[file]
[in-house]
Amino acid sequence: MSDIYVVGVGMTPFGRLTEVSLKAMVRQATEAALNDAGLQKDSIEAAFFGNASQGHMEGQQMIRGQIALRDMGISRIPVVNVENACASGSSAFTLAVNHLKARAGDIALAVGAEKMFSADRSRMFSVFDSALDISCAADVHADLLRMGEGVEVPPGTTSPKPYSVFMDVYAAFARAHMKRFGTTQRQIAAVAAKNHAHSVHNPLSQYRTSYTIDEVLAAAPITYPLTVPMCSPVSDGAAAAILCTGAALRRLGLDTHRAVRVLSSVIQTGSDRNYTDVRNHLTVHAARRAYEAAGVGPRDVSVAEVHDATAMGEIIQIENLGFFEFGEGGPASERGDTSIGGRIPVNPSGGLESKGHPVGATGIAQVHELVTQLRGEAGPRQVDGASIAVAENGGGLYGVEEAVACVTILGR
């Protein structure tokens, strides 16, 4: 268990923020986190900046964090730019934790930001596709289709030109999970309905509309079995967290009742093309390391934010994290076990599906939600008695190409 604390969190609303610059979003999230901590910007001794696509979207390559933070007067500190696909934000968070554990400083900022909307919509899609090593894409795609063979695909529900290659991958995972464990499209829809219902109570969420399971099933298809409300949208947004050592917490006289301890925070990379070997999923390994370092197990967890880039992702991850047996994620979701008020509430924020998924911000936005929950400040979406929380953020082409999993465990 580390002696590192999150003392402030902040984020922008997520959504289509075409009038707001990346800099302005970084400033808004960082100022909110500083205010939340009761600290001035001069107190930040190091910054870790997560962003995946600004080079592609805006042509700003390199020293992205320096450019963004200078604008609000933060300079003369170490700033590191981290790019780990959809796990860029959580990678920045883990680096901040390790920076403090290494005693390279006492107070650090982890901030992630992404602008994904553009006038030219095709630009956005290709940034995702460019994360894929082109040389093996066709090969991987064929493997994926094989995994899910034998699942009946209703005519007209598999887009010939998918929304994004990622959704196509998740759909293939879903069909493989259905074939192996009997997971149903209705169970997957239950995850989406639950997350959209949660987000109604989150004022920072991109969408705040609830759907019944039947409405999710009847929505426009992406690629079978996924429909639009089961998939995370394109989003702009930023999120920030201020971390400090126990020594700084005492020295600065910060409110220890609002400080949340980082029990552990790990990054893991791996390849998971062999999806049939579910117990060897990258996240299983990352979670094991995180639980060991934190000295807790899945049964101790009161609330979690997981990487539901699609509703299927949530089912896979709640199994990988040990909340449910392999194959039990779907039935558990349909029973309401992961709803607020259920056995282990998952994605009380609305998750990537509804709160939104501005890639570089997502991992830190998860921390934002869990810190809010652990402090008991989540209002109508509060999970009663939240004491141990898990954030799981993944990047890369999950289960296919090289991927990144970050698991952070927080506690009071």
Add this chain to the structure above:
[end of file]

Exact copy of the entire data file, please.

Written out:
[in-house]
Amino acid sequence: MSDIYVVGVGMTPFGRLTEVSLKAMVRQATEAALNDAGLQKDSIEAAFFGNASQGHMEGQQMIRGQIALRDMGISRIPVVNVENACASGSSAFTLAVNHLKARAGDIALAVGAEKMFSADRSRMFSVFDSALDISCAADVHADLLRMGEGVEVPPGTTSPKPYSVFMDVYAAFARAHMKRFGTTQRQIAAVAAKNHAHSVHNPLSQYRTSYTIDEVLAAAPITYPLTVPMCSPVSDGAAAAILCTGAALRRLGLDTHRAVRVLSSVIQTGSDRNYTDVRNHLTVHAARRAYEAAGVGPRDVSVAEVHDATAMGEIIQIENLGFFEFGEGGPASERGDTSIGGRIPVNPSGGLESKGHPVGATGIAQVHELVTQLRGEAGPRQVDGASIAVAENGGGLYGVEEAVACVTILGR
């Protein structure tokens, strides 16, 4: 268990923020986190900046964090730019934790930001596709289709030109999970309905509309079995967290009742093309390391934010994290076990599906939600008695190409 604390969190609303610059979003999230901590910007001794696509979207390559933070007067500190696909934000968070554990400083900022909307919509899609090593894409795609063979695909529900290659991958995972464990499209829809219902109570969420399971099933298809409300949208947004050592917490006289301890925070990379070997999923390994370092197990967890880039992702991850047996994620979701008020509430924020998924911000936005929950400040979406929380953020082409999993465990 580390002696590192999150003392402030902040984020922008997520959504289509075409009038707001990346800099302005970084400033808004960082100022909110500083205010939340009761600290001035001069107190930040190091910054870790997560962003995946600004080079592609805006042509700003390199020293992205320096450019963004200078604008609000933060300079003369170490700033590191981290790019780990959809796990860029959580990678920045883990680096901040390790920076403090290494005693390279006492107070650090982890901030992630992404602008994904553009006038030219095709630009956005290709940034995702460019994360894929082109040389093996066709090969991987064929493997994926094989995994899910034998699942009946209703005519007209598999887009010939998918929304994004990622959704196509998740759909293939879903069909493989259905074939192996009997997971149903209705169970997957239950995850989406639950997350959209949660987000109604989150004022920072991109969408705040609830759907019944039947409405999710009847929505426009992406690629079978996924429909639009089961998939995370394109989003702009930023999120920030201020971390400090126990020594700084005492020295600065910060409110220890609002400080949340980082029990552990790990990054893991791996390849998971062999999806049939579910117990060897990258996240299983990352979670094991995180639980060991934190000295807790899945049964101790009161609330979690997981990487539901699609509703299927949530089912896979709640199994990988040990909340449910392999194959039990779907039935558990349909029973309401992961709803607020259920056995282990998952994605009380609305998750990537509804709160939104501005890639570089997502991992830190998860921390934002869990810190809010652990402090008991989540209002109508509060999970009663939240004491141990898990954030799981993944990047890369999950289960296919090289991927990144970050698991952070927080506690009071």
Add this chain to the structure above: